When he left us, I was at the gym, talking with an acquaintance about writing: prose, poetry, screenplays. I was struggling with bicep curls and lat pull downs. My grandpa was in my heart but I didn’t realize that was the only place he could ever live.
“Where should I send the flowers? Where are they having the wake?”
Me: “Why do they call it a wake?” Nobody is awake; at least not the person you are trying to remember. The rest of us look like we’re in a bad dream.
You try to grow up but find out that when you’re twenty-three at a funeral, you’re the youngest one. Still. Always. Still the baby. “This is my granddaughter.” “This is my daughter.” “This is my little cousin.” “This is my niece.” So I can’t help but behave like that. Cry. Cry. Refuse to deal with the situation like an adult. I try to hold back my tears but I’m not so good. “Keep strong, no one likes to see tears.” But I thought crying is okay. A way to say you’re sad.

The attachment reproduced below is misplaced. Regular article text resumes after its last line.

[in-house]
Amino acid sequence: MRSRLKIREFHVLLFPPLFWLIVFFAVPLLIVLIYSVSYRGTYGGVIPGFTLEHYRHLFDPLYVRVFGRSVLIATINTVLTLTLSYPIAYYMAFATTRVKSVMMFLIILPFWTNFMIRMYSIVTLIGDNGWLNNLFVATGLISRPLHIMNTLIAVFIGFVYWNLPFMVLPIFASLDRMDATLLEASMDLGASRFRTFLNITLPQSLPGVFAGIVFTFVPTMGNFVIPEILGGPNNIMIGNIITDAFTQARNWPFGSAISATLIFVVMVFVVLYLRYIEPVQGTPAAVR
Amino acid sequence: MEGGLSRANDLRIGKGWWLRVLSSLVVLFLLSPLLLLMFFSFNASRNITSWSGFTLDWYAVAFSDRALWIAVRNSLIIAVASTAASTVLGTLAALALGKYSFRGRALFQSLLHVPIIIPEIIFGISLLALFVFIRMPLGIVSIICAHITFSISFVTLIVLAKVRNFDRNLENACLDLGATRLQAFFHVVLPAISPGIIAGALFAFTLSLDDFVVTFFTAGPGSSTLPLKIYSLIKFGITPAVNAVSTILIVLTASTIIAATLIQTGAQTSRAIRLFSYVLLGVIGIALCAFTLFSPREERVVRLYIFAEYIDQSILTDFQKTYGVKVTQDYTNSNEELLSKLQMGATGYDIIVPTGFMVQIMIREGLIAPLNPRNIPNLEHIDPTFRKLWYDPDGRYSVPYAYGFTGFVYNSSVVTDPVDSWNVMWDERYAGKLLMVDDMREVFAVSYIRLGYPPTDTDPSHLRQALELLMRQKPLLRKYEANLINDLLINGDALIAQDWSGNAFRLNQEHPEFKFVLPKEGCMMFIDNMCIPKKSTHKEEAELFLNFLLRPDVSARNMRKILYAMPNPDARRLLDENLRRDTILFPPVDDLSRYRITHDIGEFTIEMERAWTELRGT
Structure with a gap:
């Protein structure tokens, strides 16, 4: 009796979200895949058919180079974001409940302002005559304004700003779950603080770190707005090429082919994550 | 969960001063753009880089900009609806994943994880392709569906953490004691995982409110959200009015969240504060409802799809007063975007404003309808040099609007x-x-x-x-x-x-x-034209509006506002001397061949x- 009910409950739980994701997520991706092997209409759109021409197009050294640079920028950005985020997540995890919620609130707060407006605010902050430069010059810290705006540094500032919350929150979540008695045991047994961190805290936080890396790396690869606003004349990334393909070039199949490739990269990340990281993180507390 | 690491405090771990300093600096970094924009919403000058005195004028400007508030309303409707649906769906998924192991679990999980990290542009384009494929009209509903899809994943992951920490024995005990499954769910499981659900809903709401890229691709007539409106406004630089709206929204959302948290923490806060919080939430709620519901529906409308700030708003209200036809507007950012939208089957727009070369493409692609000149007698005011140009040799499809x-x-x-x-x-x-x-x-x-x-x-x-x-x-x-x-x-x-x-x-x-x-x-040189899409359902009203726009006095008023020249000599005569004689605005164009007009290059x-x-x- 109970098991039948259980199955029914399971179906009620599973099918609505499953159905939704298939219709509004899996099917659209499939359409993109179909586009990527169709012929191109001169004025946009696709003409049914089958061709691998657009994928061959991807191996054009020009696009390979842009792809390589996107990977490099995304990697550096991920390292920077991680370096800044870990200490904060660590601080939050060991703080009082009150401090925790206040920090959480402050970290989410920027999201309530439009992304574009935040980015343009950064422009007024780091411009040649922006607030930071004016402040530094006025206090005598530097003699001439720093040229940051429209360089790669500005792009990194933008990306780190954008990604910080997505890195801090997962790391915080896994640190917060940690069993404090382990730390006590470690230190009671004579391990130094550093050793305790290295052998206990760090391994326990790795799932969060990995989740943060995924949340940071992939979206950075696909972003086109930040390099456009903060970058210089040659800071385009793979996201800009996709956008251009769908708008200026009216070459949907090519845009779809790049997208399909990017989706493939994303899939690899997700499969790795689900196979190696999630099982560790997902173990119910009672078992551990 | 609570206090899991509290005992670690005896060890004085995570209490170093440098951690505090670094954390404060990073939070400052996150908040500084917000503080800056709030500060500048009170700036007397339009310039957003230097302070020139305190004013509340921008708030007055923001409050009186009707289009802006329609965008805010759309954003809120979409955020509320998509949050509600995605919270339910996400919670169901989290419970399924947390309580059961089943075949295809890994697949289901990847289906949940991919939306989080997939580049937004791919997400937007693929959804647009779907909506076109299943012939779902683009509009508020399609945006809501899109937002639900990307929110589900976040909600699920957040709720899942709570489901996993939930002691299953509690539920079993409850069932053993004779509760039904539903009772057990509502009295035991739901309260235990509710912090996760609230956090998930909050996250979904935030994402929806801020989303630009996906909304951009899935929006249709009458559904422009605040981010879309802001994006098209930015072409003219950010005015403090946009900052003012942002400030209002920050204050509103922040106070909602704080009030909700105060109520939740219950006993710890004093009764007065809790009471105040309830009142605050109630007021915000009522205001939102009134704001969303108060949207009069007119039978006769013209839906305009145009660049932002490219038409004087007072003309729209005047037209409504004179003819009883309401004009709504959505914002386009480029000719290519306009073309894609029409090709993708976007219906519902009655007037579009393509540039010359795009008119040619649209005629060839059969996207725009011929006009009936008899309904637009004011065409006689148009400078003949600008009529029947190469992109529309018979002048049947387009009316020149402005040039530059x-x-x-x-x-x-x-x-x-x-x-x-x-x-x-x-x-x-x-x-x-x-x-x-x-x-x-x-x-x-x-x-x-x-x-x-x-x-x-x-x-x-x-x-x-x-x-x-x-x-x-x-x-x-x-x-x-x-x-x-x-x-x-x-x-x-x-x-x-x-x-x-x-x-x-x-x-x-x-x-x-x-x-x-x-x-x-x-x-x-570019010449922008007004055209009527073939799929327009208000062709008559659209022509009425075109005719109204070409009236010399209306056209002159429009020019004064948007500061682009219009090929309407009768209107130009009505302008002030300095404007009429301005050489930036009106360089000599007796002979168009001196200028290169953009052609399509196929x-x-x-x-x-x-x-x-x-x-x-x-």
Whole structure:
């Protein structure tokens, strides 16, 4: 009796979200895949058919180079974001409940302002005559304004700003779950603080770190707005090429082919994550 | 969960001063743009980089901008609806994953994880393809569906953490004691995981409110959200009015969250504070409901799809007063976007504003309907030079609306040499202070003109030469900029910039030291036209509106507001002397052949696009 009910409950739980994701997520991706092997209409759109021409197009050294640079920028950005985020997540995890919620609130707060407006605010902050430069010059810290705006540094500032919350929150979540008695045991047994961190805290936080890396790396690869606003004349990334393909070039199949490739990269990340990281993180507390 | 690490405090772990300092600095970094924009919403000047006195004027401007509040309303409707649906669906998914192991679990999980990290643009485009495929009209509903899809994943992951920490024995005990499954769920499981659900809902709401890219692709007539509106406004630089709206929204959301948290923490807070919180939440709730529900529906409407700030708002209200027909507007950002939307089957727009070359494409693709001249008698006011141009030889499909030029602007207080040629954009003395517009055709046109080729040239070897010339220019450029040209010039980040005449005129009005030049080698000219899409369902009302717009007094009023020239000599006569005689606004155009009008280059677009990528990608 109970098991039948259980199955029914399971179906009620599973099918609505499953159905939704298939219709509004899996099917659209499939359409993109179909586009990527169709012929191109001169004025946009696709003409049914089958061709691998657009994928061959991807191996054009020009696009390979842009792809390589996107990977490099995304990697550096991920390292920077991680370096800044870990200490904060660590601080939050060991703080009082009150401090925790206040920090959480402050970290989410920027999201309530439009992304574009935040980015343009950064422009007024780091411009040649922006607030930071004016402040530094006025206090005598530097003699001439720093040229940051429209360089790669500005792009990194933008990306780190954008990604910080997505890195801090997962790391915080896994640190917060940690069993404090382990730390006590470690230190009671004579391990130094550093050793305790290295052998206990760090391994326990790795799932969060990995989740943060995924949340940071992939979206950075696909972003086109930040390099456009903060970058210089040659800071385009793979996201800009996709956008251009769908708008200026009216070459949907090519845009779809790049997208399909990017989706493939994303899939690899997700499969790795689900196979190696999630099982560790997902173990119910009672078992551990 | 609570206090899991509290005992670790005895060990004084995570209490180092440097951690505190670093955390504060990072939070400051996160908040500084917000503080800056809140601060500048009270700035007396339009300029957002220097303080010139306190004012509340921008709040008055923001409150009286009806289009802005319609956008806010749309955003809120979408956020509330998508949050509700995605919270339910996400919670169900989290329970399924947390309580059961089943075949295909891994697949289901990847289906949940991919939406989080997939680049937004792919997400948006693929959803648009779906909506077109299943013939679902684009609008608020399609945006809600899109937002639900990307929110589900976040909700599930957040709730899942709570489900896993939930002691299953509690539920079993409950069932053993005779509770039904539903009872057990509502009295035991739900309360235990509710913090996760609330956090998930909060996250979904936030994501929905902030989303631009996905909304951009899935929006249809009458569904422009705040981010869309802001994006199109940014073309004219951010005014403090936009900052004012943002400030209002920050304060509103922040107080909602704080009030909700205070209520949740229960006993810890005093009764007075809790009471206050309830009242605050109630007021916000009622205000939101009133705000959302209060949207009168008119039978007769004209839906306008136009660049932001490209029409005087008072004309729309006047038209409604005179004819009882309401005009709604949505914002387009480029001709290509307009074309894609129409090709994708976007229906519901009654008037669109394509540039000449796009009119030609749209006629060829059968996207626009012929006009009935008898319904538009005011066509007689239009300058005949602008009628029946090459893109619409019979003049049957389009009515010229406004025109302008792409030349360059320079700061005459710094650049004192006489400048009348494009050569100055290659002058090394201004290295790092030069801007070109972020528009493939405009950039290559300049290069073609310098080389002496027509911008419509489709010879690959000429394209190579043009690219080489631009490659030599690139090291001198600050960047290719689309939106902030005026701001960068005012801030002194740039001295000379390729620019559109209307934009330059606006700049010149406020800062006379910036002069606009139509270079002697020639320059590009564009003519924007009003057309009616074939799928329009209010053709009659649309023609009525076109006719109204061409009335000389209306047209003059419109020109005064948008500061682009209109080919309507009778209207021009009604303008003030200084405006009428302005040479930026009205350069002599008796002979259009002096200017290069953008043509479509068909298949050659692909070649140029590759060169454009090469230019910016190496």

But he’s not. He’s in a box. Cement, I think. Pretty engravings. Silver. I wonder what he’s wearing. A blue jacket, my mother said. Those shoes with the holes in it that he’d never take off? Or did they put some painful tight dress shoes that he had but never wore because they hurt his feet?
I miss my grandpa. Grandpa!
I can’t think of my grandpa in that box. Lying there. They turned the casket away so my grandma couldn’t open it. But he wasn’t in there, he’s not. I keep thinking he’s going to be in the big easy chair with the paper and channel surfing. I keep thinking of Grandpa with his Russell Stover chocolates and yelling at me for dropping their dog nine years ago. I miss my grandpa. I want him back.